STRATEGIES FOR IMPROVING THE UNITED STATES RESPONSES TO FUSARIUM, DOWNY MILDEW AND CHILLING INJURY TO PRODUCTION OF SWEET BASIL

Project Details

Description

Sweet basil (Ocimum basilicum L.) is commercially the most important annual culinary herb crop in the United States Yet; our domestic basil crop is currently threatened by a new devastating disease, basil downy mildew. This disease caused by Peronospora belbahrii has been impacting significant acreage commercially and even home gardens and nurseries. Basil varieties with downy mildew and Fusarium wilt (Fusarium oxysporum f. sp. basilica) resistance/tolerance are critically needed because the US production acreage is at-risk to these two economically-important diseases. The loss of methyl bromide for Fusarium wilt control and other fumigants in the near future removes the only reliable means of controlling Fusarium wilt, other than host plant resistance. No resistance and at present very few chemical controls are presently available for basil downy mildew control. The development of improved varieties along with the development of a disease forecasting and monitoring system and improved food safety and disease management strategies is critically needed to allow US basil producers and distributors to remain competitive in the international basil marketplace and ensure only safe and registered chemical controls are used. This project will support the US and global basil industry in two critically needed areas: first, through the identification and development of basil downy mildew resistant and chilling-tolerant basil cultivars and species of which both cause significant crop and economic losses to US growers. Secondly, this project will develop disease management strategies that include bioassays for detecting infested seed, a disease monitoring and forecasting, as well as identify an array of organic and conventional fungicides that can control downy mildew in commercial and organic farming operations throughout the US. This consortium brings together the leading researchers from Rutgers University, Cornell University, University of Massachusetts, and the University of Florida with stakeholder inputs from commercial growers in New Jersey and Florida, seed companies with buyers and national fresh produce and culinary herb distributors into a strong public: private sector partnership to solve their critical constraints in basil production.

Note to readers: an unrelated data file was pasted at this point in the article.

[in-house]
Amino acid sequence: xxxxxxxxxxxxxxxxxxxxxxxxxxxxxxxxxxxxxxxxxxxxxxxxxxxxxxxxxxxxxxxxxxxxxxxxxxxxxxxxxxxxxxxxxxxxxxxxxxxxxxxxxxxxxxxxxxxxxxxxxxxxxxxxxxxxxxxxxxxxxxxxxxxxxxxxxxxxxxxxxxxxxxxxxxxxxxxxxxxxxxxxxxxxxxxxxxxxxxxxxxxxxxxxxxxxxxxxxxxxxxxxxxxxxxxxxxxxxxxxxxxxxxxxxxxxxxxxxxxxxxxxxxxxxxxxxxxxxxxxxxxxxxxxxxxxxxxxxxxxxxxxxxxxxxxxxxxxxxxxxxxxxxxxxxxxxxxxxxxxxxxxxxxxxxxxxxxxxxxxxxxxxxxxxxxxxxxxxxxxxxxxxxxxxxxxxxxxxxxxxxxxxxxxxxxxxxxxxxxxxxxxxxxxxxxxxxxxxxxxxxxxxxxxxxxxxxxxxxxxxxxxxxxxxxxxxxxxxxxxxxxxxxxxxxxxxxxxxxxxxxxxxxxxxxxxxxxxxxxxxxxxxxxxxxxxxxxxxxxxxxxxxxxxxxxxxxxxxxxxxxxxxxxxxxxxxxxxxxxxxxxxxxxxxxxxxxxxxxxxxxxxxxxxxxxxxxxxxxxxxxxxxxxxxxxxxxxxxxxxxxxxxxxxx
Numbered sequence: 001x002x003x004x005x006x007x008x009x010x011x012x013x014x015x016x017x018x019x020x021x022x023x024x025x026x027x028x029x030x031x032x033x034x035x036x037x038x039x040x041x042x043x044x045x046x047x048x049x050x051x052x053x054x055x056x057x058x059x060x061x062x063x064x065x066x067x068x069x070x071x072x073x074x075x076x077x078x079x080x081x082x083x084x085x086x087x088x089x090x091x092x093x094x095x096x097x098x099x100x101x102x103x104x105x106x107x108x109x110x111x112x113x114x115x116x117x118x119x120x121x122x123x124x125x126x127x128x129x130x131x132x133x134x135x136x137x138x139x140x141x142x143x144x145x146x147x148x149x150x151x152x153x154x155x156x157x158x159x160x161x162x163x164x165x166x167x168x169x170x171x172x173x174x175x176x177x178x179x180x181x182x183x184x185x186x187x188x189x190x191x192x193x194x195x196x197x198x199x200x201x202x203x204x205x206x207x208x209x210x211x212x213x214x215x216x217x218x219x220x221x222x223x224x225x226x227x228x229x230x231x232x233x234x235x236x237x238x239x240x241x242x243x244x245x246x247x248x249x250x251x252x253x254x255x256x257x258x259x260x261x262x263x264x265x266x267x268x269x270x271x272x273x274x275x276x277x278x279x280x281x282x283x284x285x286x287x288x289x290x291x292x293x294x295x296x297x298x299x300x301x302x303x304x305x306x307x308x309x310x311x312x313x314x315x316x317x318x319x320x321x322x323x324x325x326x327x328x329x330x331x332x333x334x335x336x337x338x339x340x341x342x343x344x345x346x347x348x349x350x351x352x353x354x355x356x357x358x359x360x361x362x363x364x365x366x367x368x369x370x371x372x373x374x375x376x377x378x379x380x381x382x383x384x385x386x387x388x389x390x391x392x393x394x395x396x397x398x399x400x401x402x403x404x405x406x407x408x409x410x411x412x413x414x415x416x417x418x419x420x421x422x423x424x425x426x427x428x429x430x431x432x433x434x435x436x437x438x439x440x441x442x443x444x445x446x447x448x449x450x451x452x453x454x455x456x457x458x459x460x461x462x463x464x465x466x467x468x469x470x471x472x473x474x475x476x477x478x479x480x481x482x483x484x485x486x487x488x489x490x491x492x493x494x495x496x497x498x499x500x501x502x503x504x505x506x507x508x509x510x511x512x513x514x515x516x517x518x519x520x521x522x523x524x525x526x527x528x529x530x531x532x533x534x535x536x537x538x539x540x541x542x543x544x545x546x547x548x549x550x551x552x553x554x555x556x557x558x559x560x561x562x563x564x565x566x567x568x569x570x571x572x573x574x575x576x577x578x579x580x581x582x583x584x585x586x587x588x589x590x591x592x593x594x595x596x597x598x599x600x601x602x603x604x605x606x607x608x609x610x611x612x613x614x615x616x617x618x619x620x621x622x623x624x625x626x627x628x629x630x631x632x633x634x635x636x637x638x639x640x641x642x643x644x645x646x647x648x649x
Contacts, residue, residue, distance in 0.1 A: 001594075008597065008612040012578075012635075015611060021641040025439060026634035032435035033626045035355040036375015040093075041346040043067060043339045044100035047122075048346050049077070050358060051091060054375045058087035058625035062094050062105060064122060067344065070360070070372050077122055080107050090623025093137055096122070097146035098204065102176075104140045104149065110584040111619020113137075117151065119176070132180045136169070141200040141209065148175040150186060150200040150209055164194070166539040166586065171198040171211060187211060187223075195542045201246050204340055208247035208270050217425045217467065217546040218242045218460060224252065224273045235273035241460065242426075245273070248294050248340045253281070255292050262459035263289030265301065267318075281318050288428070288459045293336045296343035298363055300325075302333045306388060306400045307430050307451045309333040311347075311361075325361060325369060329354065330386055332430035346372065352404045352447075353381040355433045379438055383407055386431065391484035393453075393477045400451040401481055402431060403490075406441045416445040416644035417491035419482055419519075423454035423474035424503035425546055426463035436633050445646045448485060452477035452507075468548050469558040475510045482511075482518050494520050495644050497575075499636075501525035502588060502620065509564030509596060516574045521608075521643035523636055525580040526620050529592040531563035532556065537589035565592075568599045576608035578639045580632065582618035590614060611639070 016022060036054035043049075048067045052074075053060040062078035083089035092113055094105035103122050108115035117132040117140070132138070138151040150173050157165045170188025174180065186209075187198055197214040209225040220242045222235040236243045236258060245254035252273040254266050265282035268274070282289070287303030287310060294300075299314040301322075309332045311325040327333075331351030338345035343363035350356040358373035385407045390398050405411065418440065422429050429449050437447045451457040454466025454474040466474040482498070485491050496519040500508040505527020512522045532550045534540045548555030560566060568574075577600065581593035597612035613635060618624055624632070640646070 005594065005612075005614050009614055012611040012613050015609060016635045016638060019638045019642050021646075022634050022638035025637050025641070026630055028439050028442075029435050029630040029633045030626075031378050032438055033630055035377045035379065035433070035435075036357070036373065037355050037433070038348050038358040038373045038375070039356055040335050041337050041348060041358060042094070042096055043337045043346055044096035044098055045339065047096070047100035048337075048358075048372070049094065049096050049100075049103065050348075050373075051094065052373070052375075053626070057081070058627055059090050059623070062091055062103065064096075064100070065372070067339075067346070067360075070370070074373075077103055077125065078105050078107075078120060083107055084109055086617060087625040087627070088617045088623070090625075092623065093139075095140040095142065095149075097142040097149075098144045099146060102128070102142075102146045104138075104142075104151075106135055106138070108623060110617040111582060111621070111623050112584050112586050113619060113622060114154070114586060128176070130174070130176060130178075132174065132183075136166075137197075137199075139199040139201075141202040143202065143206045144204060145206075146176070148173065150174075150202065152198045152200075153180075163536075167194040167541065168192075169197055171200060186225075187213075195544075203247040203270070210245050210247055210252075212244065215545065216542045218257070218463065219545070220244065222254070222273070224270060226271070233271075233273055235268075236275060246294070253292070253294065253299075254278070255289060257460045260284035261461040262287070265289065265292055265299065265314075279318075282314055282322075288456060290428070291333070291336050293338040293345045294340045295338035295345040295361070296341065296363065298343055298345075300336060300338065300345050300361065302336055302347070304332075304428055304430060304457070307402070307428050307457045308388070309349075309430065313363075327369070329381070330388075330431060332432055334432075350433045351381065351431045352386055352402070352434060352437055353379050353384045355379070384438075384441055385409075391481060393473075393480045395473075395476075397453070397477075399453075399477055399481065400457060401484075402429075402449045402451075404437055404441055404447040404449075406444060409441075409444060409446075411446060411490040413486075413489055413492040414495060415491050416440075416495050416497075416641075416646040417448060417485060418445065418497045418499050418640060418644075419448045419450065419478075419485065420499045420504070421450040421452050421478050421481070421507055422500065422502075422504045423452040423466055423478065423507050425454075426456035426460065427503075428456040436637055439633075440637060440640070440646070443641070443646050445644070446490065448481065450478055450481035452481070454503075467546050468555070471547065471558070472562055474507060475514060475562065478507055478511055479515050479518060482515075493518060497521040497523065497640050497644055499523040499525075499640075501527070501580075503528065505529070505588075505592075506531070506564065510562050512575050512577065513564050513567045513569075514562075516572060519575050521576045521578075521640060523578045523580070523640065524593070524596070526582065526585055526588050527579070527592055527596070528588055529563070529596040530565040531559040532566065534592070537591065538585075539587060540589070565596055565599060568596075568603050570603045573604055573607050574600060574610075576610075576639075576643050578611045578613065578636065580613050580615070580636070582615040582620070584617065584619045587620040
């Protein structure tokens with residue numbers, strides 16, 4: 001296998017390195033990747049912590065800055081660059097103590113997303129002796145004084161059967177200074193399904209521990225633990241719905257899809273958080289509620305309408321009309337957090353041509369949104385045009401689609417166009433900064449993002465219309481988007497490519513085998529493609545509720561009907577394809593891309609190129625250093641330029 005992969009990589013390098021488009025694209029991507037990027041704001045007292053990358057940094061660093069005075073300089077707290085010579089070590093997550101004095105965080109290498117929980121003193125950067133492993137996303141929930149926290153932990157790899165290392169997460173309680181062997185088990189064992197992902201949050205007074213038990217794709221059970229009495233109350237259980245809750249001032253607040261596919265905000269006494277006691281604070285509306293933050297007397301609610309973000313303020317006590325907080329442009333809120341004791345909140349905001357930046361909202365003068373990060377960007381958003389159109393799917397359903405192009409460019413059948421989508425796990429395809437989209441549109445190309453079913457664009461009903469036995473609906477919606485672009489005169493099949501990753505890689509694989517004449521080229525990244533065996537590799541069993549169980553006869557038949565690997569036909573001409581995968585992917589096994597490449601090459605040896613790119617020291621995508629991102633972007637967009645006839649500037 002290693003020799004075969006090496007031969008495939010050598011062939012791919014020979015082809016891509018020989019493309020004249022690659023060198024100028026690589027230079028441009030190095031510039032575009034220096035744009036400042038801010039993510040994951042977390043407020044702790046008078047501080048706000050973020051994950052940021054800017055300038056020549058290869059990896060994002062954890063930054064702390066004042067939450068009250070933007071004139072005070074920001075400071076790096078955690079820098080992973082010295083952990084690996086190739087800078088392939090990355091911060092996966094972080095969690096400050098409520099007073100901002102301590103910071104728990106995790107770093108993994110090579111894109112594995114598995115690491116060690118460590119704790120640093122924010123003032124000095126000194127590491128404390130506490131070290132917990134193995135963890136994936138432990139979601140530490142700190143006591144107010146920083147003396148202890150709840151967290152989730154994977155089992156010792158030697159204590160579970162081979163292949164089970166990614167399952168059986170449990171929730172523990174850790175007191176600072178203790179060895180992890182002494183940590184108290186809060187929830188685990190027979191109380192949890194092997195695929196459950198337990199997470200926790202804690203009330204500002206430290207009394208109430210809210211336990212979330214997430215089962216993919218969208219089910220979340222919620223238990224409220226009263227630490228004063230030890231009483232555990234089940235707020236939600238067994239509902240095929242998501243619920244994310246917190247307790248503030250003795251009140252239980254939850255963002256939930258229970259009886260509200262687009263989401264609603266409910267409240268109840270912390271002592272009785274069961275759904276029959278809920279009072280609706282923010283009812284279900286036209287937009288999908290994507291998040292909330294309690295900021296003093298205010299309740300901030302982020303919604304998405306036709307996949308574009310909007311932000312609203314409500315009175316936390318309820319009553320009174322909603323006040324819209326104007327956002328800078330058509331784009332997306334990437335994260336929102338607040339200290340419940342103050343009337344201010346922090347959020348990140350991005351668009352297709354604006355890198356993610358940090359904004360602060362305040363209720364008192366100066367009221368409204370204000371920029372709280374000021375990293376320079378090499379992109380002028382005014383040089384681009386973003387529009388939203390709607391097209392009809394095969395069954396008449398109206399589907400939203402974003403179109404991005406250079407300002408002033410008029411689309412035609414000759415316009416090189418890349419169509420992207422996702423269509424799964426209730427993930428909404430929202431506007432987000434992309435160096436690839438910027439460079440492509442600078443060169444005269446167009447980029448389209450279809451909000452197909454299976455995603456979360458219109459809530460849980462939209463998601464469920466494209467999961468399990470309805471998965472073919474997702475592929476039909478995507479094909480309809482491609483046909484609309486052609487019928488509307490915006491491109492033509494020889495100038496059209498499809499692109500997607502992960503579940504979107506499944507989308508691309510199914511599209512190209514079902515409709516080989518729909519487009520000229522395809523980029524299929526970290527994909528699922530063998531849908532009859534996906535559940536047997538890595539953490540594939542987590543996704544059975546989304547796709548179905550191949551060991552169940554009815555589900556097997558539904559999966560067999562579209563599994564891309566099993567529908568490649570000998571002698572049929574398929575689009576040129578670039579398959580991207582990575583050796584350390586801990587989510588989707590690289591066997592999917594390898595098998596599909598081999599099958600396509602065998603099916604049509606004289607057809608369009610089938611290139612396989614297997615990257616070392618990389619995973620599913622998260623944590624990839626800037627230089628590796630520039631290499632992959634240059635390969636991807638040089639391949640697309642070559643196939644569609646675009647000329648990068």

StatusFinished
Effective start/end date8/1/107/31/11

Funding

  • National Institute of Food and Agriculture (National Institute of Food and Agriculture (NIFA))

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